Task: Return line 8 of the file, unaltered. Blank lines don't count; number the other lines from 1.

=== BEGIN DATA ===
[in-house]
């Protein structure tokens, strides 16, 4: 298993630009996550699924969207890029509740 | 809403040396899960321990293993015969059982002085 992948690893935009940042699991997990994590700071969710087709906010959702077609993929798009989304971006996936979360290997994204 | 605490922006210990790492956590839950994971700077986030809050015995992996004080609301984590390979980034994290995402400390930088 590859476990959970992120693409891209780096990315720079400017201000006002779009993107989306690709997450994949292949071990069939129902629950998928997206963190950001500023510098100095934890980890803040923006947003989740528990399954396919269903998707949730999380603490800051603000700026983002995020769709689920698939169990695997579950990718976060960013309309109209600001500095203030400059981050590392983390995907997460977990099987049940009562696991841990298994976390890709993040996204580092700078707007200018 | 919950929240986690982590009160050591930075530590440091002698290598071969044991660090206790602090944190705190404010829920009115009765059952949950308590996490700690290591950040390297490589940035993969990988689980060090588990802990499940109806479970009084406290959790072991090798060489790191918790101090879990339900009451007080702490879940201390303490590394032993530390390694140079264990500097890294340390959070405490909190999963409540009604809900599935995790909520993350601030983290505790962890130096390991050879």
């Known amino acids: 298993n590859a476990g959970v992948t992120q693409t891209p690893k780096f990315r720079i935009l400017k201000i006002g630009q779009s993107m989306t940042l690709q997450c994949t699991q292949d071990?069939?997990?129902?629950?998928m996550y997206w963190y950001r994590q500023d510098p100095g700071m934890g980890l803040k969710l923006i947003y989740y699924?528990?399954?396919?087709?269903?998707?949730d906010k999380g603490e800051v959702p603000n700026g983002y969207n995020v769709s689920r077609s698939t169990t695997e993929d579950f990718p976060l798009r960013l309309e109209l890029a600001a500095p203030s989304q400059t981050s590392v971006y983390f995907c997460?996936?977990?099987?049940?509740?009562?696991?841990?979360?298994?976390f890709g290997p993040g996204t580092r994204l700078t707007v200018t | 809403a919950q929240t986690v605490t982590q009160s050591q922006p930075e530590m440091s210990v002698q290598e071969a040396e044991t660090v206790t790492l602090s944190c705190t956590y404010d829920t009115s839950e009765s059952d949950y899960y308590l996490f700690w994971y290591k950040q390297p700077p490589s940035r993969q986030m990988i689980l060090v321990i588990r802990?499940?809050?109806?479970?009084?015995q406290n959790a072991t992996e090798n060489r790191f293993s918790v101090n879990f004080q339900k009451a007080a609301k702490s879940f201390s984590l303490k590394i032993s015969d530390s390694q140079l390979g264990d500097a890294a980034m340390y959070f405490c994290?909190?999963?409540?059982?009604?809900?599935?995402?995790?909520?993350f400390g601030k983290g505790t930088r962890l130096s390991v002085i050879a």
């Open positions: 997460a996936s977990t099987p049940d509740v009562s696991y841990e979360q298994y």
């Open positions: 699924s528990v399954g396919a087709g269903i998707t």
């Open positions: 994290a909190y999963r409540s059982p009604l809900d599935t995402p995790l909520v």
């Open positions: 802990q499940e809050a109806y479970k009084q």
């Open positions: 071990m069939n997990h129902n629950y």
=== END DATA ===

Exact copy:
């Open positions: 071990m069939n997990h129902n629950y």